No one gets into real estate investing thinking, I'm going to work really hard to make a bunch of money, and then in a few years I'll give it all away to a bunch of lawyers.
But if you don't take steps to protect yourself right from the beginning, that's exactly what can happen.
Consider this: the average American gets sued seven times in his or her lifetime. The more you have, or the more people think that you have, the higher your chance of getting sued. And while you might not feel rich yet, when people find out that you own multiple rental properties all over town, they see dollar signs.
Here's how it usually goes down: somebody slips on the steps at one of your properties, and hurts himself. Maybe he's really hurt, maybe he's not – but he finds a doctor willing to say that he can't work anymore. He finds a lawyer who's willing to take on his case for a percentage of whatever he gets. The injured person has nothing to lose in trying to get something out of you – and a whole lot to gain.
And you have a whole lot to lose! If you haven't taken the proper steps to protect yourself, it'll only take a lawyer a few clicks on the computer to find out everything you own. And pretty soon it's all tied up in a lawsuit that threatens everything you've worked so hard for.
Hopefully, this won't ever happen to you. But it's just not worth taking the risk – especially when there are simple, easy steps you can take to prevent it. You've learned to avoid the crap shoot approach to real estate investing – so don't gamble with legal dangers, either.
The object here is to make it as difficult as possible for a lawyer to find someone to sue. Time is money, and no one knows that like a lawyer. The longer it would take them to file a lawsuit, the less likely they are to take the case. You want to add as many layers of complication as you can to protect yourself.
Layer #1: The Land Trust.
I'm amazed at how many people title investment properties in their own name. This is like walking around with a target on your back. Even if you only own one investment property, just don't do it. Instead, you want to put each property in separate land trusts. That means one land trust for each property – the easiest way is to name each trust for the property address, i.e. the “123 Main Street Trust.” The deed will show the trust as the owner, so if someone searches for the owner of the property, it won't show your name. And since each property has its own separate trust, it won't show all the other properties you own either.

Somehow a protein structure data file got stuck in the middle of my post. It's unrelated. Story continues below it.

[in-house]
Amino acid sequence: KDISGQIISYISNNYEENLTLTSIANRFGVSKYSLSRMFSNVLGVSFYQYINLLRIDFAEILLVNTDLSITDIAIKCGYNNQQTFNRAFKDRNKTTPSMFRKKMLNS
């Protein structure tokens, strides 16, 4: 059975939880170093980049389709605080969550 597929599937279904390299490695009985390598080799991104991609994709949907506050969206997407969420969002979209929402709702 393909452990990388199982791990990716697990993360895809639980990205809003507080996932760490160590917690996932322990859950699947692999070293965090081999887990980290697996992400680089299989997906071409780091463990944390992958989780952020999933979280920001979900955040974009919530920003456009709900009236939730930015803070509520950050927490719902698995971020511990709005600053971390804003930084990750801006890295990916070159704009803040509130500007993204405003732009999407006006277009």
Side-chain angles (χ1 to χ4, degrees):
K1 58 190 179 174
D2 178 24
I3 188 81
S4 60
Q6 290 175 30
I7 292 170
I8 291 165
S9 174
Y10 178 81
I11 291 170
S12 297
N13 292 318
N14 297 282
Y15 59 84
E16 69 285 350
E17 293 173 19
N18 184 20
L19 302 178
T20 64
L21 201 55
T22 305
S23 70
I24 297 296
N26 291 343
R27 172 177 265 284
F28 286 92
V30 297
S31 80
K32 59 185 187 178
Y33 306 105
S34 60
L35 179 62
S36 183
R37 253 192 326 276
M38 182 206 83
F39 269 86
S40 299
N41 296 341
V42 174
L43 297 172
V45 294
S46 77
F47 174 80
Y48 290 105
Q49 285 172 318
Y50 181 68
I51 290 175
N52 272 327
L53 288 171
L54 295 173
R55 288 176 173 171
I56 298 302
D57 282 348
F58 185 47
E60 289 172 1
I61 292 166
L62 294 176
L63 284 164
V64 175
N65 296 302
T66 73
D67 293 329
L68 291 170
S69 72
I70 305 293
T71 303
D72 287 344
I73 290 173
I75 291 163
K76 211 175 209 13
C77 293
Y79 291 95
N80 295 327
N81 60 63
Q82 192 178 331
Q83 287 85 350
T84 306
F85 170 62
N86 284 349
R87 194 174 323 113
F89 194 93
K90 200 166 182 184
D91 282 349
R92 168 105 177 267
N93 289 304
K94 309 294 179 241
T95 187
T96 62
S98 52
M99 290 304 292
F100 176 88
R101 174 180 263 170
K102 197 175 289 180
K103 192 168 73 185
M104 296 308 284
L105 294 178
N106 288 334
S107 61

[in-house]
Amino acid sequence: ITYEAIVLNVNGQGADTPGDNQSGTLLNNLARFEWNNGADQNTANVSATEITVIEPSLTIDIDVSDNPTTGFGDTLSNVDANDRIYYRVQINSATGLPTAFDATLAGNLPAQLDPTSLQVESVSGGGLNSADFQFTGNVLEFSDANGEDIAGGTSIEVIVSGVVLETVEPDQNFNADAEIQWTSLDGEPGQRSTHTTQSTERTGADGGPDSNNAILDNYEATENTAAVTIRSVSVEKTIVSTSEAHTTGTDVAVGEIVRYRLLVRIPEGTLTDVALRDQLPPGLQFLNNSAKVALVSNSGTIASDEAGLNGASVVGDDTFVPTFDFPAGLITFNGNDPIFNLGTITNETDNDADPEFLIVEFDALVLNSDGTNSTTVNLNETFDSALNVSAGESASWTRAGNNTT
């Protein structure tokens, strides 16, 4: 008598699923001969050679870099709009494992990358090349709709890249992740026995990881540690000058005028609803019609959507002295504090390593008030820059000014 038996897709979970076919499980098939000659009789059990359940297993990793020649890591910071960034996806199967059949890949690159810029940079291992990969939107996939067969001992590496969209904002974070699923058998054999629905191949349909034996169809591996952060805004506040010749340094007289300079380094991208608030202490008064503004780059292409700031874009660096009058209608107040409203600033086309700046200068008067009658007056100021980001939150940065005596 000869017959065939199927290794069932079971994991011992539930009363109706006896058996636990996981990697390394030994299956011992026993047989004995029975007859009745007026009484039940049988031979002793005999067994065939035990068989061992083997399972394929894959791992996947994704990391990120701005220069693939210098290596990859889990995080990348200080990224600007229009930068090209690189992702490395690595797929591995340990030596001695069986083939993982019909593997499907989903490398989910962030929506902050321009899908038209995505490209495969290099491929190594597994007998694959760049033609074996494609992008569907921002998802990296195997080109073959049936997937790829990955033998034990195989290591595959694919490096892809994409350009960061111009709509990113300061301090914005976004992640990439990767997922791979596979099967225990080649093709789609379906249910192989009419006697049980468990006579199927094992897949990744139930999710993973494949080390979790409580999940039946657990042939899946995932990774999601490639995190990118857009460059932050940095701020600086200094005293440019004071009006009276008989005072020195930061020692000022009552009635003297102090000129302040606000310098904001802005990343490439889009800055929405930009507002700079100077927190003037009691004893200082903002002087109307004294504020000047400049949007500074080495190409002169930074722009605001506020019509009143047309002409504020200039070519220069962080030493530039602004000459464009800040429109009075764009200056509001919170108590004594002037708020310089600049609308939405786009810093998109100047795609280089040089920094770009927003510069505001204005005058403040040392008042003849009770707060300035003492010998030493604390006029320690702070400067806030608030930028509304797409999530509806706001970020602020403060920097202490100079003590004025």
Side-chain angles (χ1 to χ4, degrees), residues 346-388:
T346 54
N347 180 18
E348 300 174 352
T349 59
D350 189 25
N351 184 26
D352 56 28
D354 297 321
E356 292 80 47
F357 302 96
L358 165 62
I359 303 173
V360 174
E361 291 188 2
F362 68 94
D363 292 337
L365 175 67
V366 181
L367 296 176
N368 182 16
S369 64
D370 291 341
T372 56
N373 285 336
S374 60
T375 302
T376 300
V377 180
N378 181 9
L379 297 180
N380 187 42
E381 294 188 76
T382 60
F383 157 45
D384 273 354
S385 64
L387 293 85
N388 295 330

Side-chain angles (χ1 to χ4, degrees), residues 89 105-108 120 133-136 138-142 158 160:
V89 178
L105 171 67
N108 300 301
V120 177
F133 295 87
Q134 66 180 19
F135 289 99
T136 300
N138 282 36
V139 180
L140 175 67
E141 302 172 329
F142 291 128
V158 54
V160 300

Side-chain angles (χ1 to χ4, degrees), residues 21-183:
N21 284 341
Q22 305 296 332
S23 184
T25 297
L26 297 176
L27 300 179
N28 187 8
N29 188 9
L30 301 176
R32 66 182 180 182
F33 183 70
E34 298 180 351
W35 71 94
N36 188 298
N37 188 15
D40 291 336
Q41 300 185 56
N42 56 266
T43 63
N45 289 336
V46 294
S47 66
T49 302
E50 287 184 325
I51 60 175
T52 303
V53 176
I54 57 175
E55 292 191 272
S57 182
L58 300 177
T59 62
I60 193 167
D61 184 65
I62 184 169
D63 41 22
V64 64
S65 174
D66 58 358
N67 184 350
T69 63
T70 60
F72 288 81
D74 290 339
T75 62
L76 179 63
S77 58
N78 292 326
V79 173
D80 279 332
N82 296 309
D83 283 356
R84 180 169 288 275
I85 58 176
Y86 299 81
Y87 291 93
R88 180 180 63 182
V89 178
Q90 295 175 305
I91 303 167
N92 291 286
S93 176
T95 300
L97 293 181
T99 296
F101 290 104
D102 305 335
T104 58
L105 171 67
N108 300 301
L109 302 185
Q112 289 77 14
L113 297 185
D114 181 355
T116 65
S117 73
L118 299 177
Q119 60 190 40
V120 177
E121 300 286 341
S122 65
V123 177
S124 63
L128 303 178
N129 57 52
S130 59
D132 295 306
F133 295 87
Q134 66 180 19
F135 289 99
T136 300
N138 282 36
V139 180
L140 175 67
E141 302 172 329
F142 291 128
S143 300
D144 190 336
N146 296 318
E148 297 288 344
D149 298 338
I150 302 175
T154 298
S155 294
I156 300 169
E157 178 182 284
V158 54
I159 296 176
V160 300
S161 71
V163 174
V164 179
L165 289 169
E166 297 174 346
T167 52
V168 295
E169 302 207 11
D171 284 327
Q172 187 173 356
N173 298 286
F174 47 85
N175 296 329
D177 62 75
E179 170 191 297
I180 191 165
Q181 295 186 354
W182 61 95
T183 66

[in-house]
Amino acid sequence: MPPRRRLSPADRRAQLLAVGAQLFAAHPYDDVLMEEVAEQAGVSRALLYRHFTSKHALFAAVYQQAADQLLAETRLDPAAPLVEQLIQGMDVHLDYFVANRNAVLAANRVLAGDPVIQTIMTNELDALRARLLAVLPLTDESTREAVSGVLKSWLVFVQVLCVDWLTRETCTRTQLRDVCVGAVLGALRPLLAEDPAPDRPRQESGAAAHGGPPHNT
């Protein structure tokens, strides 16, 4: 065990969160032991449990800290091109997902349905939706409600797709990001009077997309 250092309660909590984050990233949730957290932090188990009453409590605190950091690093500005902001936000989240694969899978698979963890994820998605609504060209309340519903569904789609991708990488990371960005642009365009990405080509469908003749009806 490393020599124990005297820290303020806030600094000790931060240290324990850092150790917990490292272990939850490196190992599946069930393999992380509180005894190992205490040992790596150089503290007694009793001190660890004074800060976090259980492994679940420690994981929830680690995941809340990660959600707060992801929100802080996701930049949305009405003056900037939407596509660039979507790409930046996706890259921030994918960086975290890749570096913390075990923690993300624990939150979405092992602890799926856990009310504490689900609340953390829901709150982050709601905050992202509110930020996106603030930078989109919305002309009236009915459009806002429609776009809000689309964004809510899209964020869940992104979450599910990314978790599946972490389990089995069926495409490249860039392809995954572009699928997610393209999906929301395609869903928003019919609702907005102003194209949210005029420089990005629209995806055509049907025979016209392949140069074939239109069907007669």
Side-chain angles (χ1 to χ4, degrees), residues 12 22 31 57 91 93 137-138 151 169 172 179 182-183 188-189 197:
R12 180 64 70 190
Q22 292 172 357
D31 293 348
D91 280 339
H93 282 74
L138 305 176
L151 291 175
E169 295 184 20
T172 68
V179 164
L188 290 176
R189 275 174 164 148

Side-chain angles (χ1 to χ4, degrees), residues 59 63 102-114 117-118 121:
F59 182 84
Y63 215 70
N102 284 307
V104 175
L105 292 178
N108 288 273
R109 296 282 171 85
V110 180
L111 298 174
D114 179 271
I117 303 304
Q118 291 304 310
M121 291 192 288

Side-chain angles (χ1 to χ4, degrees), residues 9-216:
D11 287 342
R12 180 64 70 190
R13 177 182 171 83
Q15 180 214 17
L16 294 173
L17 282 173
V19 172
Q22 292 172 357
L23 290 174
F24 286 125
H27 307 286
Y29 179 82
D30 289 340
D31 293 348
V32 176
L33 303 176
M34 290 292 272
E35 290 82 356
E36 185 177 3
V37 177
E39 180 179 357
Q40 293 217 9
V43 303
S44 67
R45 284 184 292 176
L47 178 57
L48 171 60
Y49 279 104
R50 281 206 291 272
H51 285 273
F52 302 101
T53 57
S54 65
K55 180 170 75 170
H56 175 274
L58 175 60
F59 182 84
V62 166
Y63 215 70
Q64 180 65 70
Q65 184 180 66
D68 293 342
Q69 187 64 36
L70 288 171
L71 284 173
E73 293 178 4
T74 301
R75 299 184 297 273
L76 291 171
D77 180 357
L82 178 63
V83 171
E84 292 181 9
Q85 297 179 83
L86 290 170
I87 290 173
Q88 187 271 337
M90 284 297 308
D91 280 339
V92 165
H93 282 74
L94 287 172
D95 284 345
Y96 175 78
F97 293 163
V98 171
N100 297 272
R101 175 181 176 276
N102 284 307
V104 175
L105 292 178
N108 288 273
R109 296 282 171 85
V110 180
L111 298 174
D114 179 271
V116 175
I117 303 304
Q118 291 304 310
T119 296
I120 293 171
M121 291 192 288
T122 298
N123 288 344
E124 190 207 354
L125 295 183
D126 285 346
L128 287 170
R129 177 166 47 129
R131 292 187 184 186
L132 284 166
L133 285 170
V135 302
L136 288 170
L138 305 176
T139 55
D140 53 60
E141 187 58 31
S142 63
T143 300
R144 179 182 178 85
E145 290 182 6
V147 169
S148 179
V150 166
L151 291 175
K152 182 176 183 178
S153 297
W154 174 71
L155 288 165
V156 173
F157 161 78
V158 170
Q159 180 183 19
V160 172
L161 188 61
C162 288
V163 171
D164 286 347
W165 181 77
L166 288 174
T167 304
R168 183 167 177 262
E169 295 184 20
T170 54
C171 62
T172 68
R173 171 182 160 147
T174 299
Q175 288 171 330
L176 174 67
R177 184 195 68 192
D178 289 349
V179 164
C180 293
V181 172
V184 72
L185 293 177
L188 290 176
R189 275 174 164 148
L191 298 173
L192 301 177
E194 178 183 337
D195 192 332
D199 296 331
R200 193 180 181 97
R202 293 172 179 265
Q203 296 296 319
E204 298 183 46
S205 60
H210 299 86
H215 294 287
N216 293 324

Layer #2: The trustee.
A land trust has a beneficiary and a trustee. The beneficiary is the owner of the property – you – and the trustee is like the manager of the trust. Here's the important part: the name of the trustee is a matter of public record and the beneficiary is not. But in a deposition, the trustee could be forced to disclose the beneficiary's name – unless the trustee is an attorney. In that case, the trustee can claim attorney-client privilege – and keep your name out of it.
Layer #3: The corporation or LLC.
It's even better if you're not listed as the beneficiary at all. Instead, form a corporation or an LLC (limited liability company) and have that business entity listed as a beneficiary of the land trust. And here's another tip: file those papers in Nevada, which has the best asset protection laws in the country. In every other state, the officers and shareholders of corporations and LLCs are public record – but not in Nevada. It's just another way to make it more expensive and more time consuming for a lawyer to find you.
This is just the tip of the iceberg, of course – and of course, I'm no lawyer – everyone should have a good real estate attorney on their power team and should consult him or her before acting on any of these issues. But I hope this gets you thinking about how to protect yourself and everything you've worked for. Because this isn't just about building wealth – it's about keeping it.